Speaker 1: 00:00 The IRS extends the tax filing date, as it sends out stimulus checks. Speaker 2: 00:05 And as of yesterday, I believe we put something out, said 90 million of those have already gone out. Speaker 1: 00:10 I'm Maureen Kavanaugh with Jade Heinemann. This is KPBS mid-day edition Efforts are in the works to get COVID vaccines approved for children. Speaker 3: 00:28 So if you Amy, and I's all the children, even though you may not be benefiting children as much as immunizations and adults, you will be preventing the spread of virus within the population, Speaker 1: 00:41 A new report urges action on moving San and ovaries nuclear waste and Turner classic movies, reframes movies that may be offensive to modernize that's ahead on midday edition, Speaker 1: 01:00 Taxpayers are getting more time to file this year. The IRS has announced that it's extending the filing deadline from April 15th to May 17th. The deadline has also been extended for California state taxes. The reason given is that between vaccinations and business and school reopenings and the virus still in circulation, this is a hectic time for most Americans, but it's also been a hectic time for the IRS. The agency is dealing with a backlog of filings from last year, plus calculating and sending out stimulus checks and dealing with a host of last minute changes in tax law from the Biden stimulus package. Joining me is Raphael Cellino media relations director for the IRS in San Diego. Rafael, welcome back to the show. Speaker 2: 01:47 Thanks for having me as always glad to be here. Speaker 1: 01:49 What are some of the biggest of those last minute changes that will affect taxpayers this year? Speaker 2: 01:56 Uh, I suppose the, the first thing to address out of this new law and we haven't quite got there yet is the unemployment part of it is in there that says the first $10,200 of unemployment in 2020 is not taxable provided your income is married, filing joint, I believe $150,000 or less. And the other part of that was the economic impact payments that began going out, uh, this past weekend. And as of yesterday, I believe we put something out, said 90 million of those have already gone out. So that's direct deposit and the rest by check and debit card as the first two economic impact payments went out last year. And it really January of this year, Speaker 1: 02:35 The economic impact, um, payments that you're talking about are popularly known as stimulus checks, right? Yes. The IRS is administering the new child benefit included in the Biden stimulus law. What can you tell me about how that will work? Speaker 2: 02:53 Here's what I do know off the top. Then in 2021, the child tax credit is increased from thousand to $3,000. If it's under age six for children under age six, I believe in 21, if I'm understanding that right, it goes to $3,600, and then there's a provision in that law that has periodic payments being sent out each month or thereabouts. The other thing is it's been made refundable a refundable tax credits, like the earned income tax credit, for example, which is the most popular refundable tax credit. Meaning once your taxes are reduced to zero and you have more coming back and you get that back to you in the form of a refund, as opposed to just reducing the taxes you paid to zero. The other thing from the child tax credit, as I read here from the provisions in the law is it is increased to under age 18, as opposed to under age 17 Speaker 1: 03:45 People who earn so little that they don't usually file could and should file for this new child benefit. Isn't that right? Speaker 2: 03:53 Well, there's the additional child tax credit and there's the child tax credit and general yeah, it's for lower income taxpayers, the additional, and that has to do with the amount of income you make and the amount of child tax credit you're eligible for, uh, beyond that, I won't get into the complexities of it, but, uh, you know, certainly if you're talking about any tax benefit for any lower, moderate or higher income taxpayer, you should take advantage of it, either increase your refund or lower your tax bill Speaker 1: 04:20 Were any of last year stimulus payments, taxable, Speaker 2: 04:24 No round one round two round three of economic impact payments and round three being administered. Now none of them are taxable nor should it be included in gross income. Speaker 1: 04:33 What are some of the reasons people may not have gotten their stimulus payments yet? Speaker 2: 04:38 Life changes, uh, you know, lots of things happen in terms of the administration of all three of these. And you're talking about putting out a whole lot of money in a short amount of time. You're talking about taxpayers who may have filed last year in 18 return and not have 19 return. And as we speak now, maybe the 19 return, but the 2020 return has not been processed. So you're talking about two different tax years and the income levels for each based on the law that is there. So you may have a difference from one year to the next, depending on when you file it or not. Uh, if you had a baby, for example, childbirth is a change that could have happened in 2020 for the first or second economic impact payment. So if you have changes for those two and not the third, because the third is so new, there is line 30 on form 10 40, which is the recovery rebate credit. And that is a backstop. If you will, if you did not get the full amount or a partial amount of round one or round two of those economic impact payments, then that is where you will get the full amount based on changes you had and your eligibility, of course, in 2020, Speaker 1: 05:44 If you haven't filed your 2020 taxes yet, does that mean you may not get this most recent stimulus until you do Speaker 2: 05:52 Not necessarily. The new law is basing the new economic payment round three here, if you will stimulus three on 19 and or 20 returns. So it depends on what's been processed or not. Speaker 4: 06:06 Despite the deadline being extended, the IRS is encouraging taxpayers to file as soon as possible. What are the benefits? Speaker 2: 06:13 So doing that well, if you choose a paperless tax return as always, that's the quickest way to get your tax refund three weeks or less or most, but the bottom line is if you want your money as quick as possible, you want to get to computer and hit, enter and choose direct deposit, Speaker 4: 06:30 Oh, money to the IRS file as soon as possible as well. They'll still have extra time to pay, Speaker 2: 06:35 Right? Generally speaking, if you owe taxes based on this new, um, uh, piece of guidance, if you will, that extends the deadline a month and the payments are due on the deadline, which is May 17th in 2021, Speaker 4: 06:49 Unable to sort of take a look at the tip of the iceberg here in this conversation, where can people go for more information, Speaker 2: 06:55 Right? for anything and everything, anything free forms, filing all that kind of answer his questions. Speaker 4: 07:03 I've been speaking with Raphael Tulino, media relations director for the IRS and San Diego Raphael. Speaker 2: 07:09 Thank you. And thank you for having me, Maureen, anytime Speaker 4: 07:21 With the clinical trials aimed at studying the effects of the COVID-19 vaccine on children. Well underway doctors across the nation are hearing the same question from anxious parents. When can my child get the vaccine, as we continue to expand our understanding of how the virus affects children and how a vaccine would protect them against it, the issues of in-person schooling and community spread linger in the minds of parents concerned about the wellbeing of their children. Joining me today to discuss the effort to vaccinate the nation's children is Dr. John Bradley a pediatric infectious disease specialist at Rady children's hospital. Dr. Bradley, welcome. Speaker 2: 08:00 Thank you so much for having me. So children Speaker 4: 08:02 Are expected to be the final population group to be vaccinated against the virus. Is that still the best course of action? Given our evolving understanding of how COVID-19 can affect younger Speaker 2: 08:13 Children? Actually it is the best approach and there are two reasons for that. First, as you know, children do really well with this infection. Um, in contrast to the adults, our adult hospitals were just overflowing with symptomatic patients and our, our hospital rarely had a word, a small word with COVID patients and our ICU was never full the way the adult ICU is where, so the, the actual infection itself, for reasons that we still don't know is very mild in children. Uh, we're now studying long-term effects to see if, if there are, uh, Speaker 5: 08:56 Other long-term effects to the brain, to the kidneys, um, sort of like the multi-system inflammatory syndrome, we're looking at that, but the disease in children from the acute infection is, is very mild. And so you, you take that, uh, sort of less benefit for kids compared with adults, and then look at risk of new vaccines in children, especially new vaccines that haven't been widely used in children. And you want to balance the two. So I'm absolutely in favor of reviewing the adult data as, as we've all done to make sure that the safety and efficacy of these vaccines in adults is good. And of course there's ongoing follow-up so that the pediatric, uh, vaccine trials can be as safely put together as possible. And, and of course the dose of vaccine may be different between adolescent school aged kids, infants, uh, down to two months of age. So those sorts of studies that look at which dose to give kids and, and how safe and effective those doses are, are, are just now starting up. Speaker 4: 10:19 If the long-term effects on children of COVID-19 is still a question. Is it safe to send them back to school? Speaker 5: 10:26 I think it is. And I know everybody's worried about this. And, uh, and there's been a lot of discussion pro and con and, and, um, we don't have all of the information of course, which makes decisions very difficult to make, but, but given the fact that, uh, that the highest risk population at San Diego P uh, older people and those with underlying medical conditions are all on track to get back now. And, and I think the biggest problem in sending kids back to school is that if they pick up infection and they bring it home to say grandparents, and those grandparents are not immunized, you can have horrible consequences in that particular family when, when a grandparent gets sick, but the kids, as you know, well over half of them have no symptoms of this infection at all. So sending kids back to school is actually safe for kids, especially with all the guidance that, uh, that the San Diego County and the department of education, uh, and the California state guidance has put together where kids are wearing masks, there's distancing, uh, there's, there's cohorting th you know, classes are in bubbles. So you don't, you don't keep mixing up kids from different classes. You keep them consistent. I think it's a blueprint for a safe return to school, particularly when older folks are immunized and now teachers are being immunized and you, and you need to balance that with, with how difficult it is for children not to be in school, not learning, not having social interaction, making friends figuring out how life works. So lots of things to consider here. Speaker 4: 12:25 And can you explain to our listeners how vaccinating children is the final piece in achieving herd immunity within our population? Speaker 5: 12:33 So we've got a tremendous amount of information from influenza, and we've known for decades that unless you immunize kids, you'll still have circulation of the virus in the community. So as long as kids are spreading viruses in the community, these people, these high-risk adults will be intermittently exposed. And, and we don't want anyone to die from this or get hospitalized. So if you immunize all the children, then even though you may not be benefiting children as much as immunizations in adults, you will be preventing the spread of virus within the population. And in that way, you'll be protecting the elderly and the adults at high risk. Speaker 4: 13:21 And as a pediatric doctor, what are some of the questions you're getting from parents who are worried about their children, contracting the virus, or who might even be unsure about vaccinating their children? Speaker 5: 13:32 Those are indeed all the questions that we're getting, and I wish I had more evidence-based answers to give them, but I I'm reassuring people that the infection itself in children is still mild. And thank goodness those data have been reproduced in every country, in the world where they've looked at it. Uh, the safety of the vaccine is another issue. And I have grandkids in San Diego and, and my son has asked me, and daughter-in-law, is it safe to immunize my children? And so it's a very personal question to me. And I've told them yes, with what we know about these vaccines in millions of adults and knowing that the FDA and the vaccine companies and public health officials at the CDC will be tracking the safety of these vaccines and how effective they are in children. I feel comfortable that my own grandchildren should be immunized to provide herd immunity for San Diego, as well as protecting themselves from infection. Speaker 4: 14:38 I've been speaking with Dr. John Bradley, a pediatric infectious disease specialist at Rady children's hospital. Dr. Bradley, thank you so much for joining us. Speaker 5: 14:48 Thank you. Appreciate the opportunity to chat with you. Speaker 1: 14:57 This is KPBS midday edition. I'm Maureen Cavenaugh with Jade Heinemann and enduring image from the early days of the pandemic where San Diego's open freeways and empty trolleys traffic and transit ridership are recovering, but Willy ever come back all the way as part of our series pandemic life. One year on KPBS, Metro reporter, Andrew Bowen, considers COVID nineteens lasting impact on transportation. Speaker 6: 15:25 This is our living room slash dining room slash kitchen, Speaker 3: 15:28 Millions of Americans. Andrew Picard has been working from home for the past year. Speaker 6: 15:33 Most mornings. I start my day, uh, on the sofa with coffee, a blanket, and my cat, and watching the news. Speaker 3: 15:40 The card works for the nonprofit San Diego workforce partnership. He misses seeing his colleagues in person, but likes the flexibility. Remote working offers. He saved a boatload on gas and car insurance, and he saved time pre pandemic. His 10 mile commute would take up to an hour one way Speaker 6: 15:57 Now. Yeah, my commute is all of a 20 feet. It takes me, you know, two minutes to get from my bedroom to the living room or wherever I'll be parked for the day. Speaker 3: 16:07 Even as more people get vaccinated and returned to some version of their pre pandemic work lives, Picard says his job will likely stay remote at least part of the week. Speaker 6: 16:16 So are really keen to have flexibility. And I think what the pandemic has proven is in many industries, you can be as productive or more productive in a remote environment. Speaker 3: 16:28 It's a very different story for Rodney Jerome. Any problems, give me a call. Jerome provides in-home support services for the elderly and disabled work that can't be done remotely. His commute from work in Santee to back home in city Heights starts on a bike followed by a trolley than a bus. It takes an hour and a half or more each way. Jerome likes moving around. He doesn't want to work from home. He just wishes his commute were faster. Well, more direct service, a more direct way of getting here instead of having to transfer or to go for bus to trolley. You know, that would make it a lot easier because I have more time to do other things. You know, the stark difference between Picard and Jerome's pandemic commutes represents a greater truth. The benefits of remote working have gone mostly to jobs that are higher paid and more likely to be held by white people. Speaker 3: 17:18 The jobs where remote working was never an option, tend to pay lower wages and are more likely to be held by people of color. And that disparity made us actually think harder about social equity, social justice, about getting rid of the sins of the past. When it comes to transportation, Nannette CRADA is the executive director of SANDAG. The county's transportation planning agency. The sins of the past a CRADA says include bulldozing communities of color to build freeways. SANDAG is currently updating its long-term transportation plan with a mandate to slash greenhouse gas emissions. It CRADA says the pandemic has made clear the new plan should put the needs of disadvantaged communities first. So what does that mean? It means that the pupil, the group projects, and one project is building an interchange for the freeway and the other one is building a bikeway, even. So the interchange for the freeway might have the money and might seem logical. Speaker 3: 18:15 If the social index said, you should do the bike way, we'll do the bike ride. That's going to upset some people, but that is how you get rid of the sense of the past, but is SANDAG accounting for the pandemic's potential to fundamentally change our daily commutes bus and trolley trips are down by about 60% since February, 2020. And although traffic has ticked up a bit rush hour still, isn't what it used to be. It Grotta says it would be foolish to base a generation of transportation planning on a one-time event, no matter how dramatic it might be in the short term, but none of them will be over. Therefore it's short-sighted to say scrap everything. Let's start over again, because we don't know what the other side of the pandemic looked like, but we can anticipate that's going to be back to North SANDAG predicts, remote working will curb greenhouse gas emissions, somewhat just not enough. Given the scale of the climate crisis. When Rodney Jerome looks beyond the pandemic, he still sees better public transit as key to his livelihood and a healthier planet. We're trying to reduce our greenhouse gas emissions, you know, which is important to our climate action plan. Um, you have to make it better, you know, um, you have to make people want to get out of their cars, you know, and, and if they can't do that, it won't happen. Andrew Bowen, KPBS news, Speaker 4: 19:43 Well, many industries have suffered as a result of COVID-19. The biotech industry has grown Carlsbad's GenMark diagnostics. For example, was just bought by Swiss pharmaceutical giant Roche for $1.8 billion. This is thanks to its development of rapid testing kits, which has put San Diego in the spotlight for bringing innovation to the market during a pandemic, the San Diego union Tribune technology reporter Mike Freeman has been covering San Diego companies like Jen Mark that have been creating new technologies to quickly diagnose COVID-19. He's joining us now. Mike, welcome. Speaker 7: 20:20 Thank you. Thanks for having me. Speaker 4: 20:22 So GenMark a company that made less than 200 million in revenue just sold for $1.8 billion. Why was this company so attractive to Roche? Speaker 7: 20:32 Well, it, um, fills a hole in, in kind of Roche's portfolio of tests for, um, diagnostic tests and, you know, the roaches as Roche diagnostics, animal diagnostics, they are, they will have many, many tests, um, molecular and non molecular, um, tests that are in, you know, sold to hospitals and, uh, hospital labs and so on. But this, um, test that, um, GenMark has is platform. The GenMark has, um, is some, is kind of an emerging, um, technology and it fills a hole that Roche did not have in their portfolio. Speaker 4: 21:11 And what is it about these testing kits that advances the technology already out there? Speaker 7: 21:16 So, um, what GenMark does is, uh, syndromic testing. So they have a platform that, um, allows you to test for multiple, um, illnesses, um, in one kind of run. So w what typically happens in, in these, in these hospital labs is, you know, you'll come in and, and you'll have, uh, symptoms saying, you know, I got a runny nose, a fever, a headache, stomach ache, you know, what do I got? And they'll run it. The doctor will say, well, it sounds like the flu, and I'll run a test for the flu, or maybe it sounds like COVID, and they'll run a test for COVID. And if that, if that test comes back negative, then I kind of start all over with the next potential virus. It might be w w what Jen Mark and some other companies have done is, um, develop a test that will search for the markers of many viruses so that people can get diagnosed faster and then treated faster. Speaker 4: 22:22 Hmm. Another local biotech, Mesa biotech was also recently purchased by a larger pharmaceutical company. Tell us about that. Speaker 7: 22:30 Yeah. So Mesa biotech is, uh, is interesting. They do a PCR test, which is a molecular test that that's kind of the gold standard of these, um, COVID tests for point of care, which is, is more like in the clinics, right in medical offices and areas that are not like big hospital labs or hospital labs at all. Um, so what, what, uh, Thermo Fisher scientific, which also is a very large diagnostics has like very large diagnostic division. They, um, they purchased Mesa and I, you know, I think a little bit what you're seeing here is some of these big, bigger pharma, bigger life sciences companies, making bets that diagnostic testing is going to be, you know, very important in kind of a post COVID era. Speaker 4: 23:21 Hmm. And with more people getting vaccinated, how much COVID testing will actually be needed moving forward. Speaker 7: 23:27 That's a really good question. And, um, you know, I don't think anybody knows, but there are a couple of schools of thought, uh, on it. Um, you know, one is that, you know, you're, there probably will be less testing needed going forward. However, you know, in the next couple of years, you will probably still see a large demand for tests. You can imagine that going forward, if you have any procedure in a hospital that requires a hospital stay, whether that's like having a hip replaced or going in having a baby, you're going to get a COVID test before you go in. And, and that's something that is new. Um, and there's sort of going to be that sort of testing there potentially could be a lot of emphasis. And the Biden administration has talked about this on these, in the field tests, like, you know, things that you could even do at home where, you know, you could, I'm not feeling well. Speaker 7: 24:17 And, and I can run a COVID test, or I can ask my doctor to give me a prescription and I can go to CVS and buy a little COVID test. And it's, you know, as long as they're cheap, then enough people do that. Then there's going to be demand for, for that sort of testing, you know, to bridge, to allow kids to go to school, allow people to go to work and that sort of thing. So there's that, there's the school of thought that thinks that, um, you know, testing will be around for a long time. And then there's also the, you know, the potential for the next virus. The COVID may not be the end of this era. And so we may see another one, um, that will need to be tested for going forward. So in the variants from COVID two will need to be tracked. Um, especially if one comes up that is, you know, can sidestep or is not, you know, the vaccines aren't as effective against there's. Uh, a lot of speculation that testing even with vaccines is going to be around and be kind of a rise in importance for a long time. Speaker 1: 25:15 You think local biotech companies have been so successful in innovating testing products to help us through this. Pendo, Speaker 7: 25:21 You know, that's a good question and I'm not sure I have a great answer to it. I mean, I, all I would say is that, um, you know, the expertise tends to cluster in these tech fields and, you know, so you have some strong expertise in this area, um, locally, and, and, you know, again, they tend to cluster, um, and that happens with a lot of industries, right? Speaker 1: 25:44 I've been speaking with Mike Freeman who covers technology for the San Diego union Tribune. Mike, thank you so much for joining us today. Again, thanks for having me. Some of San Diego's biggest ongoing stories have taken a bit of a back seat during the last pandemic year, but now the controversy over stored nuclear waste at San Onofre is back in the headlines. Southern California, Edison is out with a report on what might need to be done to move 3.6 million pounds of waste from the shuttered nuclear power plant. Along with the report comes the formation of a new coalition called action for spent fuel solutions. Now whose members include Edison and SDG and E as well as elected officials from orange and San Diego counties. Joining me is Rob Nikolsky. He is energy reporter for the San Diego union Tribune. And welcome. Speaker 8: 26:44 Good to hear from you again, Marie. Speaker 1: 26:46 Well, this report is the result of a lawsuit that challenged Edison's right to store nuclear waste at San Onofre. What did the settlement require Edison to do? Speaker 8: 26:58 One of the things that the out of court settlement did was it required Edison to come back with a report that will look at ways, realistic ways to try to move the 3.6 million pounds of spent fuel, or also known as nuclear waste from Santo freight to some other location, whatever location that might be. And they required them quiet Edison to put together this report. And after basically about three or four years here is the report that came out the other day. Speaker 1: 27:32 Now have an Edison and SDG and E argued that the waste is perfectly safe to be left onsite at the old San Onofre grounds. Speaker 8: 27:41 Yes, they have, but Edison and all the utilities all across the country that store nuclear waste in fairness to them, they were never required or expected to keep this waste for long periods of time. And that's why all this goes back to the federal government, the federal government was supposed to take possession of all the nuclear waste in this issue. And this is I think, an important thing for people to understand this issue is not unique to Santa, no freight, every single nuclear reactor site across the country, whether it be in California or Vermont or in Illinois, in order for that nuclear waste to go to someplace, it has to have a place to go to. So, because we don't have a solution for we as a country, don't have a solution to our, or a place to put the spent nuclear fuel. That's why we're in this position. And that's why I said no freeze in position, as long with nuclear power plants all across the country. Speaker 1: 28:47 Now this is a very detailed and extensive report. Can you give us the takeaways? Speaker 8: 28:54 The big takeaway is that the federal government needs to take ownership of this and come up with and lead the way towards finding a solution. And the second thing is, unfortunately, is that a solution is not going to come right away. We're talking about decades. Speaker 1: 29:12 What kind of responsibility does this report put on the utilities for finding an alternative site? Speaker 8: 29:19 Well, it puts some responsibility on the utilities in the sense that they have to keep the nuclear fuel safe, but really until the federal government gets, gets its act together and, um, comes up with, uh, with, uh, at least the, the germination of, of ideas to try to find this. It's really hard to say because under the nuclear waste policy act, the, the spent fuel, the waste belongs to the utility, but ultimately that title belongs to the possession of that. Nuclear fuel is responsibility of the federal government. So when that glorious day comes, for example, when you can move that nuclear fuel, the spent fuel the waste away from songs. The moment it goes off the site at songs on that property, it belongs to the federal government part of what the momentum is behind this report. And, and, uh, there's been lots of other talk about this as well, is that if the utilities along with elected officials, along with community members can put some pressure on the federal government to make a decision on this sooner, rather than later than maybe some headway can be made. Speaker 4: 30:38 You've been following the sand. I know for a story for years, Rob well, in one, in your opinion is the significance of this new report. Speaker 8: 30:46 In many ways, the report, even though it's incredibly detailed. And, and I think it's a very good source for people to read. Cause it's, it's three volumes long it's hundreds of pages long, but it gives people a really good overview of what's going on about, about this situation. But on the other hand, though, it doesn't really say anything that people like me. Who've been following this very closely. It's not really, it doesn't really break any new ground because we've all known for a long time that the federal government has not acted on this and needs to act. But I think maybe if there's a strong takeaway from this is that maybe this helps move the ball forward in getting some momentum going towards making this, making a decision. Because the one thing that I would say that there, there, there are lots of different voices out here sometimes going across purposes. But I think just about everyone wants, including the utility. They want them to spent nuclear fuel off the Santa, no freight beach. Speaker 4: 31:51 I've been speaking with Rob Nicole Leschi, he's energy reporter for the San Diego union Tribune. And Rob, thank you very much. Speaker 8: 31:59 Thank you, Maureen Speaker 4: 32:10 Efforts to improve the environment around the Salton sea were widely expected to begin at red Hill Bay in 2015, but that groundbreaking project remains undone and that's pulled air quality officials into a fight with local officials at the Imperial irrigation district KPBS environment. Reporter Eric Anderson has details the roughly 400 acres of red Hill Bay on the Eastern edge of the Salton sea used to be underwater. The state funded project Speaker 9: 32:40 Would return water to the flat Playa trapping, dangerous dust and providing habitat. It's all in a bid to protect air quality, but the Lake bed remains boundary Speaker 10: 32:51 Five years later after many of these red ribbon cuttings and, and unveilings had happened, uh, there's been little, little action on the ground Speaker 9: 33:01 Irrigation district director. JB Hamby says the two year project never got finished in the dispute as landed in front of the Imperial County air pollution control district. Speaker 10: 33:11 That's a pretty standard ticket that the air pollution control district it's pretty awful Speaker 9: 33:15 Air quality regulator. Katie burns worth says the exposed Lake bed has been a source of particle pollution for years, local clean air officials hope a citation will push the ID to finish the project. Speaker 10: 33:28 We've had to go this strong enforcement route because nothing's getting done at the salt and sea. Speaker 9: 33:34 The region has well-documented issues with air quality and asthma Imperial County fails to meet federal clean air standards for particulate pollution. When the wind kicks up, the dry Lake bed becomes a man-made source of small particles known as PM 10. Speaker 10: 33:50 The scariest thing about the Playa is we really don't know what's in it. Speaker 9: 33:55 Everyone worries. There's toxic industrial pollution that washed into the Lake and mixed in with those sediments. The Imperial irrigation district is responsible for the land because they own it. [inaudible] JB Hamby says the hearing could have been avoided. Speaker 10: 34:10 Do we need to get together? Get on the same page and finish the project, not continue to fight about this. And so when the air district and it sorted itself in and demanded to continue the hearing and take this adversarial rather than cooperative route, it was disappointed. And it, it blew up all progress. We're making Speaker 9: 34:27 The ID worries about potential rich underground resources. Cal energy has a contract to explore geothermal energy and mine. Lithium at red Hill Bay, the district worries a restoration project would complicate access to the area Speaker 10: 34:42 Better saying, Oh, no, we don't want to do these projects. Speaker 9: 34:45 Luis Olmedo is a community advocate. Who's fighting for clean air in the room. Speaker 10: 34:49 Now we want to see what kinds of industry we can bring into these exposed areas. Time's out, time's up. There is no time for that. Speaker 9: 34:57 Olmedo says the federal government is ready to step in and take over the project, but they need some security about the land's future. The U S fish and wildlife service has the funding to finish the restoration project. But federal officials won't invest the cash until they can secure a long-term lease from the ID Speaker 10: 35:16 We'll we'll fund this, you know, we'll pay for this, we'll maintain it. We'll do operation and maintenance into perpetuity. You know, they've said all the right things, Speaker 9: 35:25 Oh, Metta says for once it is local officials, the Imperial irrigation district holding up progress on a solvency project, he says the entire Valley suffers. As long as the Lake bed is exposed to the strong wins. Those only Speaker 10: 35:38 Time to mitigate that exposed area right now. And look, if they want to dry it up later and replace it with another best available control measure that a industry wants to bring in, that's fine. Do it. Then Speaker 9: 35:51 The Imperial irrigation districts, JB Hamby says, it's not that simple. Speaker 10: 35:55 There are complications with the lithium and the geothermal liberate leases with mineral rights with calendar G there's, fish and wildlife with certain leases they have, or don't have the elevation and the Alamo and water quality and a whole host of other things. Speaker 9: 36:12 But air quality regulator, Katie burns worth says, if there isn't progress soon, there could be significant fines coming. Speaker 10: 36:20 And obviously this will be an order is used as a tool to keep everybody on task in a timeline because what's missing at the Salton scene is a referee. Speaker 9: 36:31 Fines could lead to litigation and that could hold up. The progress even longer burns worth says, regulators would rather see the kind of progress the state is making on a nearby 4,000 acre project. That'll cover exposed Lake bed on the Southern edge of the Salton sea. Eric Anderson KPBS news. Speaker 11: 36:56 Okay. Speaker 4: 36:56 You're listening to KPBS midday edition. I'm Jade Hindman with Maureen Kavanaugh earlier this month, Turner classic movies launched a new series called reframed classic film and the rear view mirror KPBS arts reporter Breathtec Amando speaks with TCM host Eddie Mueller about what this month long series is doing to contextualize films that might be problematic and often downright offensive for contemporary audiences. Speaker 10: 37:23 Eddie, you are one of the hosts for the TCM program called reframed. Explain what this is Speaker 11: 37:31 Reframed as an attempt to take classic films and contextualize them for a contemporary audience. That's it? I mean, they are quote unquote problematic films. And so that's why we're taking the time all the hosts are involved and we're taking the time to address what these concerns might be. Speaker 10: 37:52 I really love the idea of this program because as someone who loves movies, I do feel that there are elements in certain films that are problematic from a contemporary point of view, but I hate the idea of completely removing them from availability because sometimes they have importance in other ways. And in terms of either how they fit into a genre or a person's particular body of work, uh, what was the main interest for you in kind of revisiting these films? Speaker 11: 38:21 I do not want to see the films disappear. I mean, you know, me a little bit, Beth already, you know, that I do work with a film noir foundation. Uh, the goal is to preserve movies that would otherwise be, it is not lost on me, that there is problematic content in most, every movie that I've actually restored and or preserved for a contemporary audience. But the idea that the movies would be lost or not seen is actually kind of offensive to me. That's, what's offensive to me because I, you know, movies are our cultural consciousness. They are a shared history, if you will. And that is for everyone there, isn't one way history gets written. It's constantly rewritten and reformed and it, you know, there's a metamorphosis into a fresh way of looking at things so far from canceling these movies out like, Oh, we know better now. Speaker 11: 39:22 I mean, I feel our job is to say, well, here's how we got here. And these movies are an example of that. And as you pointed out, I mean the artistry of these films, this is many of these films built the language of cinema that we're now so familiar with. And it would pain me to think. And I, this I'm especially thinking of younger people, if they think like we invented this language 20 years ago, it's like, no, actually you can go way back. But if you go way back and there are scenes in those films that are offensive to people today, they just need to be put in context. That's the way I feel about it. Uh, I don't think they should just be eliminated. I'd like to think that we're intelligent enough as a culture that we can understand this context we're providing so that we can continue to broadcast the films. Speaker 12: 40:17 Well, the other thing I think is important too, is this sense that if you don't know where we've been, we don't know how far we've come or how far we still need to go. And to remove these films kind of erases what, what was considered okay, or what was considered, you know, mainstream at the time, Speaker 11: 40:38 Remove it and cancel it. People are going to have miss assumptions, like, Oh, I guess there weren't racist things in these movies. There weren't sexist things in these movies. Like no, there were, and we're just pointing it out, but it's much better to point it out than it is to hide the film. That's my attitude. Speaker 12: 40:57 This Thursday, one of my favorite John Ford, John Wayne films is going to be highlighted. And this is the searchers, and you're going to be hosting this one. What are you going to have to say about this particular film? Speaker 11: 41:08 To me, I love to talking about this movie because it cut right to the essential point. Is this a racist movie or is this a movie about racism? That's a conversation that is that you have to have with a lot of these films. I mean, there are a lot of racist westerns, right? Then there are these westerns that are about racism and I, and honestly, Ford who has made both of them. The searchers is where I think he started to second guess the history that he was putting out there and saying, Hmm, there's some problematic things here. Speaker 12: 41:46 Next week, TCM is going to focus on films that deal less with racial stereotypes and more with things that deal with sexual orientation. And you have films like the children's hour and psycho Speaker 11: 41:58 The conversation about the children's hour was really interesting to me because William Wyler was intent on bringing that played back onscreen. I mean, Lillian Hellman wrote the play in the early 1930s. It had already been filmed once by Hollywood where all the homosexuality was taken out. So he was determined to put this back on screen, you know, it's 1961. So now it's intriguing to me that a lot of people in the LGBTQ community are like, well, the film didn't do enough. You know, because it's still stigmatizing the Shirley McClain character who is the lesbian in the film, but it's totally compassionate towards her. The film is totally compassionate towards her. Speaker 12: 42:42 The other thing about the children's hour is the context allows it to be a step towards something better, even though it may not be the perfect film. Speaker 11: 42:54 Uh, Beth, that is a beautiful, very succinct way of putting it. All of these things are incremental. You know, history is a wheel and the wheel turns and we seem to be compelled to repeat the same things over and over again. But the wheel is always rolling forwards. The wheel doesn't go back. History does not go back. It repeats, but it doesn't reverse. So now we are learning these things and the wheel is going forward. And do you want these movies to be with us on that trip? Or do we leave them behind? I don't want to leave them behind. In fact, I've dedicated my whole life to ensuring they're not left behind. I mean, cinema is a community thing, right? It's a, it's a popular entertainment that is about having an audience. People watch these films, you have to maintain that audience. So if that requires putting these classic films in context so that younger people will continue to watch them and understand this was a step towards something. Speaker 11: 44:05 Right. And appreciate it as such. I just think that's vitally important, honestly, but that's what I think my job is, you know, when people say, so what do you do at TCM? I say, well, my job is to keep this stuff vital for another generation. I love what the best of what we've created. I wanted to continue to resonate and it's not always going to resonate in a pleasant way, but it's going to resonate. And if requires a bit of context to understand why don't, don't shut it out. If it doesn't resonate pleasantly for you, just learn how to deal with it. Speaker 4: 44:43 All right. Well, I want to thank you very much for talking about TCM reframed, Speaker 11: 44:48 Beth. My pleasure. I hope I get to see you in person one of these days, because that is always a pleasure. Speaker 4: 44:53 That was Beth doc. Amando speaking with Eddie Mueller, TCM reframed releases a new collection of films each Thursday in March tonight's films include stagecoach breakfast at Tiffany's and swing time.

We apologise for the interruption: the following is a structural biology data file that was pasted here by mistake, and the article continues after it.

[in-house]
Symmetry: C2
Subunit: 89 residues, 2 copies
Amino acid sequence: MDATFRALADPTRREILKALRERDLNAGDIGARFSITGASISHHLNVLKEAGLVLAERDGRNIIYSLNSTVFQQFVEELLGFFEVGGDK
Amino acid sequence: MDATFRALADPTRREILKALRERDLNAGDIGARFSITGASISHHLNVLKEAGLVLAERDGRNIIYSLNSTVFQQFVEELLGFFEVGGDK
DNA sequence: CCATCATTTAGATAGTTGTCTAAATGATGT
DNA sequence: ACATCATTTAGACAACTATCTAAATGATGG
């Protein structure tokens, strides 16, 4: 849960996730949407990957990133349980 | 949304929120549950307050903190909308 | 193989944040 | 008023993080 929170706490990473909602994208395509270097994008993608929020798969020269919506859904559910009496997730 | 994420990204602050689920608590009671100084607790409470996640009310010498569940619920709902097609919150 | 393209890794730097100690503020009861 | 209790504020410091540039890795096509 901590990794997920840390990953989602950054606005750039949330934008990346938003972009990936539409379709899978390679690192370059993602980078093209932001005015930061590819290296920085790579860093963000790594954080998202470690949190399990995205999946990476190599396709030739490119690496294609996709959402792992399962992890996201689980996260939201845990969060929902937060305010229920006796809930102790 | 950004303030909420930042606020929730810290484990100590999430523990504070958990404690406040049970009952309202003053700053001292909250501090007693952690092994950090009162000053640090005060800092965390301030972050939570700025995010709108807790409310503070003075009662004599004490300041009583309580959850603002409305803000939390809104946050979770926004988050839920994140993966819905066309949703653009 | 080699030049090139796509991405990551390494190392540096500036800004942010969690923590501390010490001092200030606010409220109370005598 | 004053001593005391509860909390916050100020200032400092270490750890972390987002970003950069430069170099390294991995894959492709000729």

The IRS is delaying the 2020 tax filing deadline until May 17. How will provisions in the latest stimulus bill will affect your taxes? Plus, Moderna has begun testing its COVID-19 vaccine in children under 12, another step to getting everyone protected. Then, San Diego’s freeways and public transportation were empty in the early days of the pandemic. Traffic and transit ridership are now recovering, but will they ever come back all the way? And, Carlsbad’s GenMark Diagnostics, developer of rapid COVID-19 testing kits, was sold for $1.8 billion — a testament to the San Diego region’s biotech industry innovation during the pandemic. Also, the controversy over how to safely move millions of pounds of nuclear waste from the shuttered San Onofre power plant is back in the headlines. And, efforts to improve the environment around the Salton Sea were widely expected to begin at Red Hill Bay in 2015 but the project remains undone. Finally, KPBS arts reporter Beth Accomando speaks with Turner Classic Movies host Eddie Muller about contextualizing classic films that might be problematic and often downright offensive for contemporary audiences.